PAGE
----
The layers of insulating material 218, 236-242 are preferably a multi-layer material with a first layer of refractory insulating material and a second layer of polymeric foam insulating material. The layers of insulating material 218, 236-242 more preferably comprise a layer of refractory insulating felt or board and a layer of expanded polystyrene foam. The layers of insulating material 218, 236-242 more preferably comprise a layer of refractory insulating material, such as a felt or board, and a layer of expanded polystyrene foam. Alternatively, the layers of insulating material 218, 236-242 comprise a layer of expanded polystyrene, a layer of radiant heat reflective material, such as a metal foil, especially aluminum foil, and second layer of expanded polystyrene foam to form a sandwich with the radiant heat reflective material in the middle. In another disclosed embodiment, the layers of insulating material 218, 236-242 comprise a layer of refractory material, a layer of radiant heat reflective material, such as a metal foil, especially aluminum foil, and a layer of expanded polystyrene foam to form a sandwich with the radiant heat reflective material in the middle. In still another disclosed embodiment, the layers of insulating material 218, 236-242 comprise a layer of refractory material, a layer of radiant heat reflective material, such as a metal foil, especially aluminum foil, and a second layer of refractory material to form a sandwich with the radiant heat reflective material in the middle.

Use of the insulated precast casting table 200 will now be considered. The second plate member 216 and the four second side members 228-234 define a mold or concrete receiving space for receiving plastic concrete. Plastic concrete 240 is placed on top of the second plate member 216 and until the concrete reaches a desired thickness. The second side members 228-234 define the sides of the mold and form the edges of the concrete 240. After the plastic concrete 240 is placed in the precast mold and the surface of the concrete is finished, as desired, a layer of insulating material 242 is placed on top of the first side members 220-226 and the second side members 228-234.

The layer of insulating material 242 is left on the insulated precast casting table 200 for a time sufficient for the concrete panels to achieve a desired amount or degree of cure. The amount of time for the concrete panels to reach a desired amount or degree of cure will vary based on a number of factors including the concrete mix design, the size of the concrete panels, the concrete panels temperature at the time of removal from the battery mold, ambient temperature conditions, the amount of insulation provided around the stacked concrete panels, the amount and kind of concrete curing additives used and the like. However, the concrete panels will usually achieve a sufficient amount or degree of cure within 1 to approximately 14 days, preferably 1 to approximately 10 days, more preferably 1 to approximately 7 days, most preferably 1 to approximately 5 days, especially 1 to approximately 3 days, more especially approximately 12 hours to approximately 3 days. After the concrete panels have achieved a desired amount or degree of cure, the layer of insulating material 242 is removed and the concrete panels are removed from the mold.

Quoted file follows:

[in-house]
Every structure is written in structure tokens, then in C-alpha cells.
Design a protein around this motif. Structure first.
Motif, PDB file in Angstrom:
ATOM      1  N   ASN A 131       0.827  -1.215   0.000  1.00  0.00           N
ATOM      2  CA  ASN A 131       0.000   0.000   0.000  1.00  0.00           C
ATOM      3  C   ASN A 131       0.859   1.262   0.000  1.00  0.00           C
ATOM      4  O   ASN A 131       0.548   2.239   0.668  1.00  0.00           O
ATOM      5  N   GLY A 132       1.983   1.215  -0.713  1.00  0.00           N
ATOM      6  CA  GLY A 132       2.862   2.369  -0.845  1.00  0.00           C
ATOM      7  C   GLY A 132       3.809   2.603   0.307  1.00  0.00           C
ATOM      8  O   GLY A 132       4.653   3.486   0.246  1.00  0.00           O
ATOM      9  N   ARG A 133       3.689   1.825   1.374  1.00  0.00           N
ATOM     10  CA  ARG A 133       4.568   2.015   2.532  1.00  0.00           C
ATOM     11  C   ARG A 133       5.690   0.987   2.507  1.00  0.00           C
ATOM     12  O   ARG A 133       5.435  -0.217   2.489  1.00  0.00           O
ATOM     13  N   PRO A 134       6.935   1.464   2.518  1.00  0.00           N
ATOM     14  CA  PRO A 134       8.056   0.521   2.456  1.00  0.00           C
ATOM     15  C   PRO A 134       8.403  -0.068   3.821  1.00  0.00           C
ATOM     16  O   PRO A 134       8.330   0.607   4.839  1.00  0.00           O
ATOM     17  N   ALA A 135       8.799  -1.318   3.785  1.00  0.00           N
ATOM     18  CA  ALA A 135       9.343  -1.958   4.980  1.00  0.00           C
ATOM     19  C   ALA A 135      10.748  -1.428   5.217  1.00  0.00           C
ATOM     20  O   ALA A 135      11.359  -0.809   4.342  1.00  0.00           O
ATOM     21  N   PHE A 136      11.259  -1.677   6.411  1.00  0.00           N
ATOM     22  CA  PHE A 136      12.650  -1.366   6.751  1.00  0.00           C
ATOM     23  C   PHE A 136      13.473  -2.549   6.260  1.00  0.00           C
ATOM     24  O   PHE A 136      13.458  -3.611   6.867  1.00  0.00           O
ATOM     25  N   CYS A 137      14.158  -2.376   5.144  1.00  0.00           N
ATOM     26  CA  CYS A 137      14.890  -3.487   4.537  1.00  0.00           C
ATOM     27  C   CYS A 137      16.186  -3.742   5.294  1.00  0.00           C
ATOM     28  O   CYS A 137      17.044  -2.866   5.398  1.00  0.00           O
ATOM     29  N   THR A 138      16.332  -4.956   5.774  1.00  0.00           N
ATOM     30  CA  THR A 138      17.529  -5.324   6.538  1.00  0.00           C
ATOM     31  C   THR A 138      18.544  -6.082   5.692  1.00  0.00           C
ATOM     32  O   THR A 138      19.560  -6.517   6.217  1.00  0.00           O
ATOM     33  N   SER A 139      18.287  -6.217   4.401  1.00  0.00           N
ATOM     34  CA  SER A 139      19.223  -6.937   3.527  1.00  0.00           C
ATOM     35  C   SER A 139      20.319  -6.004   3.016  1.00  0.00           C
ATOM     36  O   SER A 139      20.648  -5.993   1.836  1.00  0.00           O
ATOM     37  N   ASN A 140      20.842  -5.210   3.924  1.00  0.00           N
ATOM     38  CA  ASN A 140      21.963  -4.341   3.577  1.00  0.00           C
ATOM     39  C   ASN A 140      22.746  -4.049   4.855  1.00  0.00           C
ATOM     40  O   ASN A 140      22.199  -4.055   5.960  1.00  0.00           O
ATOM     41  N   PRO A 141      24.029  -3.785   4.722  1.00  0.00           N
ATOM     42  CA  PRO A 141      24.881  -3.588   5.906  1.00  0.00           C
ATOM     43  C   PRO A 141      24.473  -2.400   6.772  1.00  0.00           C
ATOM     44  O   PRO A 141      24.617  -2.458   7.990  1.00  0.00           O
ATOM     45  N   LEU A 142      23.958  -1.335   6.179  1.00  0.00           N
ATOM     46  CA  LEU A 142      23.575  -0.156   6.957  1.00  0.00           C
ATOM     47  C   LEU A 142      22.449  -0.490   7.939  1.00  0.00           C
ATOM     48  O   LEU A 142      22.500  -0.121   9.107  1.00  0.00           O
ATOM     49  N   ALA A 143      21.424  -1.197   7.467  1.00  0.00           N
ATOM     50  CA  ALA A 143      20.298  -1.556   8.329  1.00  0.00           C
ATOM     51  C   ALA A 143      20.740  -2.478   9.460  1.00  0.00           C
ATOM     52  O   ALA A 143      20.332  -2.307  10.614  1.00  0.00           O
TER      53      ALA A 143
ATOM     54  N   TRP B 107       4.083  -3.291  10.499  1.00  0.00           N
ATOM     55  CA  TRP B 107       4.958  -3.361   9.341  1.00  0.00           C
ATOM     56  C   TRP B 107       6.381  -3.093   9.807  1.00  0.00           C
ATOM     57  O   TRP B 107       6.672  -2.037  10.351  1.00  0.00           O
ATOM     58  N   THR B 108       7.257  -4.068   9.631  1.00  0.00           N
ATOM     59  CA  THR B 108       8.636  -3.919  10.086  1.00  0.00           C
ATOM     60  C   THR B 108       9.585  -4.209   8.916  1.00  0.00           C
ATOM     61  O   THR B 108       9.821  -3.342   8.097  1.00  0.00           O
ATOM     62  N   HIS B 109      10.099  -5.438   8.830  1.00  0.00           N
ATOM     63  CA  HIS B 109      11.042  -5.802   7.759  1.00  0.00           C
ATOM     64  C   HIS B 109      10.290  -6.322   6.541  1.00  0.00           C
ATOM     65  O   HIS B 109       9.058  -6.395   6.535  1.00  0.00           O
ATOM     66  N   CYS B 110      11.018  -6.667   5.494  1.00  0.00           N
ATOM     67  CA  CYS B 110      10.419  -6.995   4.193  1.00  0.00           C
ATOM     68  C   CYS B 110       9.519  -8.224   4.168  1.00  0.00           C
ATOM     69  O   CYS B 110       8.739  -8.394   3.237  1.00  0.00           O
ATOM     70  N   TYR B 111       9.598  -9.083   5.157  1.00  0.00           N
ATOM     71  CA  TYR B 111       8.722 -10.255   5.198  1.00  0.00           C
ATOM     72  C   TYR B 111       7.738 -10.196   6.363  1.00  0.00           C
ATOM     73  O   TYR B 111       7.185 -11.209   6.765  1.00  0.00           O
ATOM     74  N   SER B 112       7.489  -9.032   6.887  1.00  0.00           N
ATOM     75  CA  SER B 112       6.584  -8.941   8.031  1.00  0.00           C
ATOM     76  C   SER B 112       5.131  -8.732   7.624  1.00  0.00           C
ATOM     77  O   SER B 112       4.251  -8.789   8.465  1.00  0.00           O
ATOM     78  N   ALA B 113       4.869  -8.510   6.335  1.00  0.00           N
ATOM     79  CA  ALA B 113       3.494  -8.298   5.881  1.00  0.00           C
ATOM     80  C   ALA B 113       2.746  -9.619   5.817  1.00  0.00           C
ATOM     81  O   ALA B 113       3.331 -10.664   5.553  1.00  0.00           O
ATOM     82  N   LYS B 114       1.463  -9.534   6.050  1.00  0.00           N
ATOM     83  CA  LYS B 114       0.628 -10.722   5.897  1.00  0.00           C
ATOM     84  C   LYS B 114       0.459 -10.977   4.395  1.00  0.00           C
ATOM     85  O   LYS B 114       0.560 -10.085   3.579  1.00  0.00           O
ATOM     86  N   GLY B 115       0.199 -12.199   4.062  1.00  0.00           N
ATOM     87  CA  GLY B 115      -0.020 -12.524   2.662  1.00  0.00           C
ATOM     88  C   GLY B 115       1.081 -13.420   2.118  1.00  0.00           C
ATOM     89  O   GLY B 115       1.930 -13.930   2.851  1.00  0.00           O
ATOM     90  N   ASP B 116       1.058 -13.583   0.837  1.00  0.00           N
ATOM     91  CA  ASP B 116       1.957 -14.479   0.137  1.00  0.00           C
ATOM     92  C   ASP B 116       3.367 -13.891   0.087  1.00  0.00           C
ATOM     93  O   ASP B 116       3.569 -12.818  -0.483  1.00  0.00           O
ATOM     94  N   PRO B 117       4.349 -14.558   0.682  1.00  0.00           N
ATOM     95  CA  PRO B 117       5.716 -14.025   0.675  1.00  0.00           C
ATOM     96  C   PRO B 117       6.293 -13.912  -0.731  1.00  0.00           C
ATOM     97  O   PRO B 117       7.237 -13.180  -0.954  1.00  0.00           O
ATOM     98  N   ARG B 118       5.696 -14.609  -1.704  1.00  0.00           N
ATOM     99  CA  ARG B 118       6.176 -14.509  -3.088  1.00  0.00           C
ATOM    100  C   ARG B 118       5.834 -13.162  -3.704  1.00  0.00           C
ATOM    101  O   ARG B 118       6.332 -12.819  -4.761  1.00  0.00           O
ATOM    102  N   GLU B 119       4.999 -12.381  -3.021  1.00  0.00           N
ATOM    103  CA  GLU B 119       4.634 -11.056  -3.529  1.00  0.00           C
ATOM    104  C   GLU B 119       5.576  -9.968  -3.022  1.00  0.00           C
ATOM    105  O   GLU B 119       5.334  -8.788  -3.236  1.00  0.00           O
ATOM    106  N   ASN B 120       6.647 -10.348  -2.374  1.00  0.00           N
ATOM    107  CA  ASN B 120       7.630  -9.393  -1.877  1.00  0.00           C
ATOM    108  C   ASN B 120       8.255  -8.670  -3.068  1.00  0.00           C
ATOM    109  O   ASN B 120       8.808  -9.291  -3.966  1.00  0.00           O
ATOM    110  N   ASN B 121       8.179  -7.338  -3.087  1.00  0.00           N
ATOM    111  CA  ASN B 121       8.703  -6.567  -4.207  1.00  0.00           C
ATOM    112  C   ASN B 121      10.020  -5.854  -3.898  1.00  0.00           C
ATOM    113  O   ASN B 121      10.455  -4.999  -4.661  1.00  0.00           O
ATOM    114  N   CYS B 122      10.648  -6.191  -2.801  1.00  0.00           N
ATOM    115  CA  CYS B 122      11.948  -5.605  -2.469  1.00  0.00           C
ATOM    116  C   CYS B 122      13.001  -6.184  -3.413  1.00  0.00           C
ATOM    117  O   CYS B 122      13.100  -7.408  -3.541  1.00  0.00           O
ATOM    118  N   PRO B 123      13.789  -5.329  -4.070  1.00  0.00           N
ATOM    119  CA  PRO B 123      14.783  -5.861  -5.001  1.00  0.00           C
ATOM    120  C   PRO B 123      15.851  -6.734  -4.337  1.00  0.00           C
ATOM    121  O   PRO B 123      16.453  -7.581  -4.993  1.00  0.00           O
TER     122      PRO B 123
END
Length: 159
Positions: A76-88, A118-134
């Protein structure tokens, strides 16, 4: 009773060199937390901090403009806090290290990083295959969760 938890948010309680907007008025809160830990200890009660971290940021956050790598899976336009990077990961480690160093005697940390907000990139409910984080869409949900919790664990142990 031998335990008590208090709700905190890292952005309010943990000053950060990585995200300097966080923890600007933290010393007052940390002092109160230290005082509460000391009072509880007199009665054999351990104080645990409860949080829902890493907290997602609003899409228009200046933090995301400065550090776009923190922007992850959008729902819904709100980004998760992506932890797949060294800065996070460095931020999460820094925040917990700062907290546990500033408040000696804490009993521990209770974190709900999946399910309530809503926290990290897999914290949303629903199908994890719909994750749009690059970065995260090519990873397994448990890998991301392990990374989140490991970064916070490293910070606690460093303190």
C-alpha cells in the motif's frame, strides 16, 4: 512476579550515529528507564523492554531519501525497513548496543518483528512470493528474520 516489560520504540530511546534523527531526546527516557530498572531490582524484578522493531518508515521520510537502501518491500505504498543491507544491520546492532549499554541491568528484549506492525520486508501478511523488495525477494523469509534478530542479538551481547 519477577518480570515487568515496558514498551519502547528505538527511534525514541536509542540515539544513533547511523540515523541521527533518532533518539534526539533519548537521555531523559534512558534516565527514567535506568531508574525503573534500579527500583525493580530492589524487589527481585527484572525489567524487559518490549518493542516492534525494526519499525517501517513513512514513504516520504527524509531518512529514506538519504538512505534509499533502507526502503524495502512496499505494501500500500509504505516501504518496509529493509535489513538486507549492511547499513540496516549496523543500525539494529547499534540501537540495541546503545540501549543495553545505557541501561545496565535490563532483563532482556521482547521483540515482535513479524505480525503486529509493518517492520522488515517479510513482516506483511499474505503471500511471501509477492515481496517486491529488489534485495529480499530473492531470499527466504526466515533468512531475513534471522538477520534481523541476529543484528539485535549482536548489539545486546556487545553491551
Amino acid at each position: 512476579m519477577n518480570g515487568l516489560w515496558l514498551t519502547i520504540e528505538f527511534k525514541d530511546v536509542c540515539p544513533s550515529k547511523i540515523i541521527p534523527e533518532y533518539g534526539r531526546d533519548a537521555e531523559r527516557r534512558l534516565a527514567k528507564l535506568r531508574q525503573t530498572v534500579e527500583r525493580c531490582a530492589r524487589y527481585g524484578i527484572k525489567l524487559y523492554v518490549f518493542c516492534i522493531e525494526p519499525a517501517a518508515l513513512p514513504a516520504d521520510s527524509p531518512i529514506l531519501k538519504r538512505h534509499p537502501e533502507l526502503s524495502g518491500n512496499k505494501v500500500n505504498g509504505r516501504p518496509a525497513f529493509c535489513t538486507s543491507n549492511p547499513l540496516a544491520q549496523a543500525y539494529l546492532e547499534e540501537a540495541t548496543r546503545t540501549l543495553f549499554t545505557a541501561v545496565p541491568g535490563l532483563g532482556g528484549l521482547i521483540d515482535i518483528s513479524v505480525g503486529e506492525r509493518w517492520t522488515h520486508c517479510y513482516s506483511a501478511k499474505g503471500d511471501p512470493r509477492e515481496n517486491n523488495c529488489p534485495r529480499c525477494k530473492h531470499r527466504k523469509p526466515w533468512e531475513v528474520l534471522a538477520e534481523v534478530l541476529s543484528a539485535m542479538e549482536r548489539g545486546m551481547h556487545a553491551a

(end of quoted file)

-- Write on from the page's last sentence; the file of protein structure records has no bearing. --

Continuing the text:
In an alternate disclosed embodiment, the layer of insulating material 242 is an electrically heated concrete curing blanket. When an electrically heated concrete curing blanket is used for the layer of insulating material 242, heat can be applied to the plastic concrete within the mold to accelerate the curing of the plastic concrete.

In another disclosed embodiment of the present invention, when an electrically heated concrete curing blanket is used for the layer of insulating material 242, it is desirable for the temperature of the concrete within the mold to be controlled so that the temperature of the concrete follows a predetermined temperature profile in the manner disclosed in applicant's U.S. Pat. No. 8,532,815 (the disclosure of which is incorporated herein by reference in its entirety). To do so, the electrically heat concrete curing blanket is controlled by a controller connected to a computing device that is also connected to one or more temperature sensors configured to sense the temperature of the concrete in the mold in the same manner as disclosed in applicant's U.S. Pat. No. 8,532,815 (the disclosure of which is incorporated herein by reference in its entirety).